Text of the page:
From Cannes Lions, How Advertisers Can Keep Up with Sports Fans

by | Jun 27, 2024

Sports marketing was unavoidable at Cannes Lions this year, and not just because the Olympic torch was paraded down the Croisette on its way to Paris for the 2024 games. It’s no secret that the concept of a sports fan is evolving and expanding – and advertisers have no choice but to take notice. Over the past year, they’ve been doing everything from adapting to live sports’ move to streaming video to looking at once-niche sports and leagues (including long-neglected women’s sports) as prime destinations for their brands.

Infillion’s recent research report, “The New Sports Fan,” dug into the trends that are driving these changes, and brought its central themes to Cannes for an all-star panel moderated by Digiday editor-in-chief Jim Cooper. 

Lara Krug, chief marketing officer for the Kansas City Chiefs, said on the panel that the industry’s approach to sports fans is scrambling to catch up. “The understanding of who the fans are in the sports world has really changed, and there’s still a lot of maturity that needs to happen,” she explained. Coming from the CPG world before she joined the Chiefs, Krug was used to a marketing sector where brands knew just about everything about their consumers. In professional sports, broad classifications of fans meant that, for example, a diehard follower who spent thousands on merchandise every year who happened to live outside of a team’s media market would nevertheless be classified as a “casual” fan. 

The Chiefs, representing one of the NFL’s smaller media markets, nevertheless have their advertising scope limited to a region that only reaches fans in Kansas, Missouri, and Nebraska. With national and international followings growing, Krug said that “media, content, [and] our own channels really become our media platform where we’re speaking to 20-plus million fans.”

And sports content channels increasingly include media beyond live games themselves. “From a media perspective, spending has been up for all sports,” said Grace Teng, partner and chief media officer at independent agency Zambezi, adding the apparent paradox that “when you’re looking at viewership, it’s a little bit smaller.” That’s because sports consumption is so much more spread out than it used to be. Particularly for Gen-Z audiences, sports content now includes viral clips on social media, recap videos, athlete-hosted podcasts, and more. 

Indeed, Infillion’s research this year found that 64% of Gen-Z sports fans prioritize access to sports commentary and analysis, compared to 48% of sports fans overall. Michael Colella, SVP and executive producer of Infillion’s Creative Studio, classified it as “sports-adjacent content.” Young fans also sometimes merge multiple pieces of sports media in real time. “They’re watching something [on TV] and on their phone at the same time,” Colella said on the Cannes panel.


The Athlete as Brand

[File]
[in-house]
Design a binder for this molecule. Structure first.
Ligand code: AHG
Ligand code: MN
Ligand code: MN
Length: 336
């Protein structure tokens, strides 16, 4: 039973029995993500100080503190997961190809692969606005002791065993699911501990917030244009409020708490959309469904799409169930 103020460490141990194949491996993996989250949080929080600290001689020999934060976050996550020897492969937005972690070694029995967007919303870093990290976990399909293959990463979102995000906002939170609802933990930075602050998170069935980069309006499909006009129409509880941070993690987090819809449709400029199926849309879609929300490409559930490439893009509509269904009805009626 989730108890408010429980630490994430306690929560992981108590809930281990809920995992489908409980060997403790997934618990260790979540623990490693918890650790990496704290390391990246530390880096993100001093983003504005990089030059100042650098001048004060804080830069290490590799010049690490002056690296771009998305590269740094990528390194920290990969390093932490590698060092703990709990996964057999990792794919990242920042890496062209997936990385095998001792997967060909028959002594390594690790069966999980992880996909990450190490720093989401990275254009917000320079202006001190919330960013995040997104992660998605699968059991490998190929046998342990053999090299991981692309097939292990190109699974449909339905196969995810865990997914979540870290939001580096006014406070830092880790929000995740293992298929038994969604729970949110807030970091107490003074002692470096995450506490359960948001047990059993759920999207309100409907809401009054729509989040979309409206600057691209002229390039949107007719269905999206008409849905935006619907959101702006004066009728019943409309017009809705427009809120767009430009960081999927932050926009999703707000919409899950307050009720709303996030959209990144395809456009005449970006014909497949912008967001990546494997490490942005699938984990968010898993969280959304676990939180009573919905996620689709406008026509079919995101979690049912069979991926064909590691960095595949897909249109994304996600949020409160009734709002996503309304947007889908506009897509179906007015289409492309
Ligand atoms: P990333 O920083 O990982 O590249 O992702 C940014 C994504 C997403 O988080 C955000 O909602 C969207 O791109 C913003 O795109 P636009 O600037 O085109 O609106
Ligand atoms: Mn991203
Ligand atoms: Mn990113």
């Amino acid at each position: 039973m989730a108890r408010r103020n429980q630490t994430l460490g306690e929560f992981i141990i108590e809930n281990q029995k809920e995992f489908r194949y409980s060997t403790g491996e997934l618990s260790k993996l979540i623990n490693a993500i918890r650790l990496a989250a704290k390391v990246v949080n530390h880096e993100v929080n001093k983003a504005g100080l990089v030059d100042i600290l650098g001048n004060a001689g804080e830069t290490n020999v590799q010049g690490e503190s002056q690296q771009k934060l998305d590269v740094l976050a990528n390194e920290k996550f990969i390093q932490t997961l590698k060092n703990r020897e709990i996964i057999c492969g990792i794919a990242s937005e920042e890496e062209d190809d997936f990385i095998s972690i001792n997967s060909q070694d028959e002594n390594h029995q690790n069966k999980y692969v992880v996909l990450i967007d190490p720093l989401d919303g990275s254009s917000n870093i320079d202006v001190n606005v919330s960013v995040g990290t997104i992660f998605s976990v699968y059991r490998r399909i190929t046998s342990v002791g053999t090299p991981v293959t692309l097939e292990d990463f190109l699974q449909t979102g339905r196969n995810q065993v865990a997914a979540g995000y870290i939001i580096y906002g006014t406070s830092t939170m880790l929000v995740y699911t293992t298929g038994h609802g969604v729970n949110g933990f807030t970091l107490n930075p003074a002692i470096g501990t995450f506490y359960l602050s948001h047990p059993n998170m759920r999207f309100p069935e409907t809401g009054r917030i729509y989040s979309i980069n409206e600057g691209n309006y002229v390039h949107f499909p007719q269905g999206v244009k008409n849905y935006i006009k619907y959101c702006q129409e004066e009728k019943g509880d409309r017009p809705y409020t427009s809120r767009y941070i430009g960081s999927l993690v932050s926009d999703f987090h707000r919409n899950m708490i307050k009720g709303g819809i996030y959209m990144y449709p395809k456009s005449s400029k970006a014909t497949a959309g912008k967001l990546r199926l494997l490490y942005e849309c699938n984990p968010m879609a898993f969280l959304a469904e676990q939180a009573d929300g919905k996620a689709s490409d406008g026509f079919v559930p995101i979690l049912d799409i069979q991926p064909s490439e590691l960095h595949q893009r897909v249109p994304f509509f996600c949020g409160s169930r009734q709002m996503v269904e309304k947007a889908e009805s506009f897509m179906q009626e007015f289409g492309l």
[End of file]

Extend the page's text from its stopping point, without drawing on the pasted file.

The content on that phone may well be an athlete’s own Instagram or TikTok account. Part of the reason why the definition of a sports fan is expanding so much is because potential fans have so many more touchpoints with athletes, thanks to those athletes’ social media presences and personal brands. 

“Sports is culture,” said Shannon Pruitt, chief marketing officer of Brand Performance Network at Stagwell, the holding company behind Cannes’ second annual Sport Beach activation. “These people that are either up-and-coming heroes, or have been heroes for a long time, are diversifying their interests…A lot of the athletes [at Sport Beach] are here not to talk because they’re an athlete – they don’t really want to talk about that at all, they want to talk about their business investments, what they’re doing and what they’re interested in doing.”

This trend has also caused teams to broaden their storytelling, like the Chiefs’ investment in women’s flag football, a fast-growing sport that creates a key football touchpoint for female fans – and which will be headed to the Olympics in four years. “It’s definitely, at the league level, one of their main priorities,” Lara Krug said. “It totally changes the landscape in terms of when we talk about fandom and female fans.” (Which is impressive, considering that the rise of female football fans and how it relates to the Kansas City Chiefs usually references something else.)


The Role of Generative AI in Sports Media

Sports may seem like the pinnacle of human energy, effort, and emotion. But Cannes’ unavoidable topic of generative AI popped up on the panel as well, particularly when it comes to the ability to bring more sports to more people in a more efficient manner.

Samira Panah Bakhtiar, GM of sports and entertainment at Amazon Web Services, explained that generative AI tools can help harness massive amounts of sports data, as AWS did with its “Playbook Pass Rush” game that used several years’ worth of data to help fans learn about how football plays work. With Formula 1 car racing, a sport that’s rocketed to new popularity in the U.S., Bakhtiar explained that AWS is collecting 1.1 million data points from the cars. 

“We’re focused on how we can automate and bring to bear practical use cases that can really unlock the creative and the talent,” Bakhtiar said. “The future is firmly going to be interactive and immersive, and I think that’s going to extend fandom to new heights.”


Learn more about Infillion’s work in immersive sports advertising with this deep dive into our work with Netflix and the NHL.

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